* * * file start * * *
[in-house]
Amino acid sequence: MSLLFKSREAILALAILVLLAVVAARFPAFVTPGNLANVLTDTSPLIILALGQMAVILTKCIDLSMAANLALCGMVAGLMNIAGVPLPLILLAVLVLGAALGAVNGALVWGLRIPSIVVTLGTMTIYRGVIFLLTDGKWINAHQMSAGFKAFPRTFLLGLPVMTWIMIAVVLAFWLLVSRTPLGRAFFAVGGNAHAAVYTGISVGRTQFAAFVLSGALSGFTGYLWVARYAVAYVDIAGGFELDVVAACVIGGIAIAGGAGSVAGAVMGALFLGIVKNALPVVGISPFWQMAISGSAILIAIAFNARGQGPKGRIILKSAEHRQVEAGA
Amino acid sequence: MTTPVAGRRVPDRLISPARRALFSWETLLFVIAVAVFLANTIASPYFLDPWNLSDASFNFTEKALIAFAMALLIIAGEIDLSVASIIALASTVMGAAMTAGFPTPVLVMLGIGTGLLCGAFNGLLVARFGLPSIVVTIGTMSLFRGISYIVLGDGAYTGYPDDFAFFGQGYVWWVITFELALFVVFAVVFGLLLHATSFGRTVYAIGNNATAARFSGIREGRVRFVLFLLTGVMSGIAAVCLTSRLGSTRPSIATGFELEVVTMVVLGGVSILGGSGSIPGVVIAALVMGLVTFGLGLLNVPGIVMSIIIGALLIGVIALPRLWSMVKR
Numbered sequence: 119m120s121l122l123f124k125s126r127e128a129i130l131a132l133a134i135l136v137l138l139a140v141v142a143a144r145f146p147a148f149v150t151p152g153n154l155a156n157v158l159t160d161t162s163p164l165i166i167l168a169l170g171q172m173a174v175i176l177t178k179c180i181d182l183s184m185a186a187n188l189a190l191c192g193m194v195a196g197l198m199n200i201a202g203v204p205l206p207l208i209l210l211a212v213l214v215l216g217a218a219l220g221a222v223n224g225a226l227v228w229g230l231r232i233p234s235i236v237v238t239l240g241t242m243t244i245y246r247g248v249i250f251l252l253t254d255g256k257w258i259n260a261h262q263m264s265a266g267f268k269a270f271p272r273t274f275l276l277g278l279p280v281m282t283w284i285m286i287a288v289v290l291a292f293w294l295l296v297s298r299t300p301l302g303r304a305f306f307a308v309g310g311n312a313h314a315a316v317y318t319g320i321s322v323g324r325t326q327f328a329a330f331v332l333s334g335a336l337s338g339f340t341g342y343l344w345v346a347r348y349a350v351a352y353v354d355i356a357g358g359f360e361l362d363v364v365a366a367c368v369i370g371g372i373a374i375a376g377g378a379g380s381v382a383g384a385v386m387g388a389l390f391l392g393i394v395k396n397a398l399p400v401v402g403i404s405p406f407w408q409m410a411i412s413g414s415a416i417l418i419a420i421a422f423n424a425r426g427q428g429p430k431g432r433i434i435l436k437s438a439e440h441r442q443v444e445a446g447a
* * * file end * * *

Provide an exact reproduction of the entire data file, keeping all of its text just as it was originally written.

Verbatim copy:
[in-house]
Amino acid sequence: MSLLFKSREAILALAILVLLAVVAARFPAFVTPGNLANVLTDTSPLIILALGQMAVILTKCIDLSMAANLALCGMVAGLMNIAGVPLPLILLAVLVLGAALGAVNGALVWGLRIPSIVVTLGTMTIYRGVIFLLTDGKWINAHQMSAGFKAFPRTFLLGLPVMTWIMIAVVLAFWLLVSRTPLGRAFFAVGGNAHAAVYTGISVGRTQFAAFVLSGALSGFTGYLWVARYAVAYVDIAGGFELDVVAACVIGGIAIAGGAGSVAGAVMGALFLGIVKNALPVVGISPFWQMAISGSAILIAIAFNARGQGPKGRIILKSAEHRQVEAGA
Amino acid sequence: MTTPVAGRRVPDRLISPARRALFSWETLLFVIAVAVFLANTIASPYFLDPWNLSDASFNFTEKALIAFAMALLIIAGEIDLSVASIIALASTVMGAAMTAGFPTPVLVMLGIGTGLLCGAFNGLLVARFGLPSIVVTIGTMSLFRGISYIVLGDGAYTGYPDDFAFFGQGYVWWVITFELALFVVFAVVFGLLLHATSFGRTVYAIGNNATAARFSGIREGRVRFVLFLLTGVMSGIAAVCLTSRLGSTRPSIATGFELEVVTMVVLGGVSILGGSGSIPGVVIAALVMGLVTFGLGLLNVPGIVMSIIIGALLIGVIALPRLWSMVKR
Numbered sequence: 119m120s121l122l123f124k125s126r127e128a129i130l131a132l133a134i135l136v137l138l139a140v141v142a143a144r145f146p147a148f149v150t151p152g153n154l155a156n157v158l159t160d161t162s163p164l165i166i167l168a169l170g171q172m173a174v175i176l177t178k179c180i181d182l183s184m185a186a187n188l189a190l191c192g193m194v195a196g197l198m199n200i201a202g203v204p205l206p207l208i209l210l211a212v213l214v215l216g217a218a219l220g221a222v223n224g225a226l227v228w229g230l231r232i233p234s235i236v237v238t239l240g241t242m243t244i245y246r247g248v249i250f251l252l253t254d255g256k257w258i259n260a261h262q263m264s265a266g267f268k269a270f271p272r273t274f275l276l277g278l279p280v281m282t283w284i285m286i287a288v289v290l291a292f293w294l295l296v297s298r299t300p301l302g303r304a305f306f307a308v309g310g311n312a313h314a315a316v317y318t319g320i321s322v323g324r325t326q327f328a329a330f331v332l333s334g335a336l337s338g339f340t341g342y343l344w345v346a347r348y349a350v351a352y353v354d355i356a357g358g359f360e361l362d363v364v365a366a367c368v369i370g371g372i373a374i375a376g377g378a379g380s381v382a383g384a385v386m387g388a389l390f391l392g393i394v395k396n397a398l399p400v401v402g403i404s405p406f407w408q409m410a411i412s413g414s415a416i417l418i419a420i421a422f423n424a425r426g427q428g429p430k431g432r433i434i435l436k437s438a439e440h441r442q443v444e445a446g447a